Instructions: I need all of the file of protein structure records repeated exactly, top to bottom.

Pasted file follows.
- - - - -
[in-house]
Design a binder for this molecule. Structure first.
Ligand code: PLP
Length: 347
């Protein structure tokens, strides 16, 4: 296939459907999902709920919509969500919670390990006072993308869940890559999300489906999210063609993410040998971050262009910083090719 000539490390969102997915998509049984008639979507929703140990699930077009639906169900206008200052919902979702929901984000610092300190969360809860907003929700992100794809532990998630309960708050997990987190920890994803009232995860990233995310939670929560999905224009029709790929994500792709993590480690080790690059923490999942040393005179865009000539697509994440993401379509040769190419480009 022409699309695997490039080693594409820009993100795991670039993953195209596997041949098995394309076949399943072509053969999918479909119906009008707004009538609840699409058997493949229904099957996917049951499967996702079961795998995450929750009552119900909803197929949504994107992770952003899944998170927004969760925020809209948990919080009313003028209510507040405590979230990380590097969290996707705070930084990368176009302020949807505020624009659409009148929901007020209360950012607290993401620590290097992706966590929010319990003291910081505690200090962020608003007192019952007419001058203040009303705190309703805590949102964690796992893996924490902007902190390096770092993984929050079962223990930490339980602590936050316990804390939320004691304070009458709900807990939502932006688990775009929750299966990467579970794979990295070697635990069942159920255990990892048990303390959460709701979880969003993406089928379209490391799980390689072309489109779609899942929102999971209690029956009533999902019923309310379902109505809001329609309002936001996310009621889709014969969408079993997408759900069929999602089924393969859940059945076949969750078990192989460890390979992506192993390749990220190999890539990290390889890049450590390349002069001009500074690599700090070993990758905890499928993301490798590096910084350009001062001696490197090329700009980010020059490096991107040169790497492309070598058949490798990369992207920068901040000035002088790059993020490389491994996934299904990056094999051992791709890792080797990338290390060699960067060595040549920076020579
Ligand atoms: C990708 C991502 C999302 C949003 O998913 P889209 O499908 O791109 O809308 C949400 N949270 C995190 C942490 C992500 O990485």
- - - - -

[in-house]
Design a binder for this molecule. Structure first.
Ligand code: PLP
Length: 347
């Protein structure tokens, strides 16, 4: 296939459907999902709920919509969500919670390990006072993308869940890559999300489906999210063609993410040998971050262009910083090719 000539490390969102997915998509049984008639979507929703140990699930077009639906169900206008200052919902979702929901984000610092300190969360809860907003929700992100794809532990998630309960708050997990987190920890994803009232995860990233995310939670929560999905224009029709790929994500792709993590480690080790690059923490999942040393005179865009000539697509994440993401379509040769190419480009 022409699309695997490039080693594409820009993100795991670039993953195209596997041949098995394309076949399943072509053969999918479909119906009008707004009538609840699409058997493949229904099957996917049951499967996702079961795998995450929750009552119900909803197929949504994107992770952003899944998170927004969760925020809209948990919080009313003028209510507040405590979230990380590097969290996707705070930084990368176009302020949807505020624009659409009148929901007020209360950012607290993401620590290097992706966590929010319990003291910081505690200090962020608003007192019952007419001058203040009303705190309703805590949102964690796992893996924490902007902190390096770092993984929050079962223990930490339980602590936050316990804390939320004691304070009458709900807990939502932006688990775009929750299966990467579970794979990295070697635990069942159920255990990892048990303390959460709701979880969003993406089928379209490391799980390689072309489109779609899942929102999971209690029956009533999902019923309310379902109505809001329609309002936001996310009621889709014969969408079993997408759900069929999602089924393969859940059945076949969750078990192989460890390979992506192993390749990220190999890539990290390889890049450590390349002069001009500074690599700090070993990758905890499928993301490798590096910084350009001062001696490197090329700009980010020059490096991107040169790497492309070598058949490798990369992207920068901040000035002088790059993020490389491994996934299904990056094999051992791709890792080797990338290390060699960067060595040549920076020579
Ligand atoms: C990708 C991502 C999302 C949003 O998913 P889209 O499908 O791109 O809308 C949400 N949270 C995190 C942490 C992500 O990485």